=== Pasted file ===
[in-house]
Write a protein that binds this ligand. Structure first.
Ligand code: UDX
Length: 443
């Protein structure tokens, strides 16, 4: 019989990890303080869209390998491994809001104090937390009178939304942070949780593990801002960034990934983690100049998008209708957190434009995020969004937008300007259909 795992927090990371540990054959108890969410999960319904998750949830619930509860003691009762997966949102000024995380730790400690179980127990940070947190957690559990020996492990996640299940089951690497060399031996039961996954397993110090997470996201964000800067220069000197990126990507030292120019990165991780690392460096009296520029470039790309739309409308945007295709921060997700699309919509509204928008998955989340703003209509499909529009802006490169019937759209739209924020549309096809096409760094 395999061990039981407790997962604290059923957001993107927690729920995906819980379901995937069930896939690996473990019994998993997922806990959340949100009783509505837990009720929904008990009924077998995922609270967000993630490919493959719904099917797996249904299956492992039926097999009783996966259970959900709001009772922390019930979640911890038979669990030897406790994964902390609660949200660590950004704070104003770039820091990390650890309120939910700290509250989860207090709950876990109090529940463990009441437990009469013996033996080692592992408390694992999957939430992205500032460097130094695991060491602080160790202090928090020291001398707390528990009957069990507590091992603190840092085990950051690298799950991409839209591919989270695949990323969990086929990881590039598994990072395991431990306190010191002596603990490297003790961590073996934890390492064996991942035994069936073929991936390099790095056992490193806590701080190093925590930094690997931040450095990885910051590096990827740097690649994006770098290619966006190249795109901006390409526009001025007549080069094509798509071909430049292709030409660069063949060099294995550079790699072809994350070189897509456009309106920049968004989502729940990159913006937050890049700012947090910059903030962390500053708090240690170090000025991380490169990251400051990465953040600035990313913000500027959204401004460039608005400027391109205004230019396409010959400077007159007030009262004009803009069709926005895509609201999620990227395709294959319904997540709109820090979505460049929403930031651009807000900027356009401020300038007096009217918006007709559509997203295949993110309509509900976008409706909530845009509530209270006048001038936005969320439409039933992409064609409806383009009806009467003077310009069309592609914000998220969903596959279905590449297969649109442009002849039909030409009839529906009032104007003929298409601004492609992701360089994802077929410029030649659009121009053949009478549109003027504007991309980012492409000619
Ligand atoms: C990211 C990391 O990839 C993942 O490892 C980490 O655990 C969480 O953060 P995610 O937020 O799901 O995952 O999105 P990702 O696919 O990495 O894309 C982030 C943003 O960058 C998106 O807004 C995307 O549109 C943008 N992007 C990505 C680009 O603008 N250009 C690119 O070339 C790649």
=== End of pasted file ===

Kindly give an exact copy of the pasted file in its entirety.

[in-house]
Write a protein that binds this ligand. Structure first.
Ligand code: UDX
Length: 443
């Protein structure tokens, strides 16, 4: 019989990890303080869209390998491994809001104090937390009178939304942070949780593990801002960034990934983690100049998008209708957190434009995020969004937008300007259909 795992927090990371540990054959108890969410999960319904998750949830619930509860003691009762997966949102000024995380730790400690179980127990940070947190957690559990020996492990996640299940089951690497060399031996039961996954397993110090997470996201964000800067220069000197990126990507030292120019990165991780690392460096009296520029470039790309739309409308945007295709921060997700699309919509509204928008998955989340703003209509499909529009802006490169019937759209739209924020549309096809096409760094 395999061990039981407790997962604290059923957001993107927690729920995906819980379901995937069930896939690996473990019994998993997922806990959340949100009783509505837990009720929904008990009924077998995922609270967000993630490919493959719904099917797996249904299956492992039926097999009783996966259970959900709001009772922390019930979640911890038979669990030897406790994964902390609660949200660590950004704070104003770039820091990390650890309120939910700290509250989860207090709950876990109090529940463990009441437990009469013996033996080692592992408390694992999957939430992205500032460097130094695991060491602080160790202090928090020291001398707390528990009957069990507590091992603190840092085990950051690298799950991409839209591919989270695949990323969990086929990881590039598994990072395991431990306190010191002596603990490297003790961590073996934890390492064996991942035994069936073929991936390099790095056992490193806590701080190093925590930094690997931040450095990885910051590096990827740097690649994006770098290619966006190249795109901006390409526009001025007549080069094509798509071909430049292709030409660069063949060099294995550079790699072809994350070189897509456009309106920049968004989502729940990159913006937050890049700012947090910059903030962390500053708090240690170090000025991380490169990251400051990465953040600035990313913000500027959204401004460039608005400027391109205004230019396409010959400077007159007030009262004009803009069709926005895509609201999620990227395709294959319904997540709109820090979505460049929403930031651009807000900027356009401020300038007096009217918006007709559509997203295949993110309509509900976008409706909530845009509530209270006048001038936005969320439409039933992409064609409806383009009806009467003077310009069309592609914000998220969903596959279905590449297969649109442009002849039909030409009839529906009032104007003929298409601004492609992701360089994802077929410029030649659009121009053949009478549109003027504007991309980012492409000619
Ligand atoms: C990211 C990391 O990839 C993942 O490892 C980490 O655990 C969480 O953060 P995610 O937020 O799901 O995952 O999105 P990702 O696919 O990495 O894309 C982030 C943003 O960058 C998106 O807004 C995307 O549109 C943008 N992007 C990505 C680009 O603008 N250009 C690119 O070339 C790649």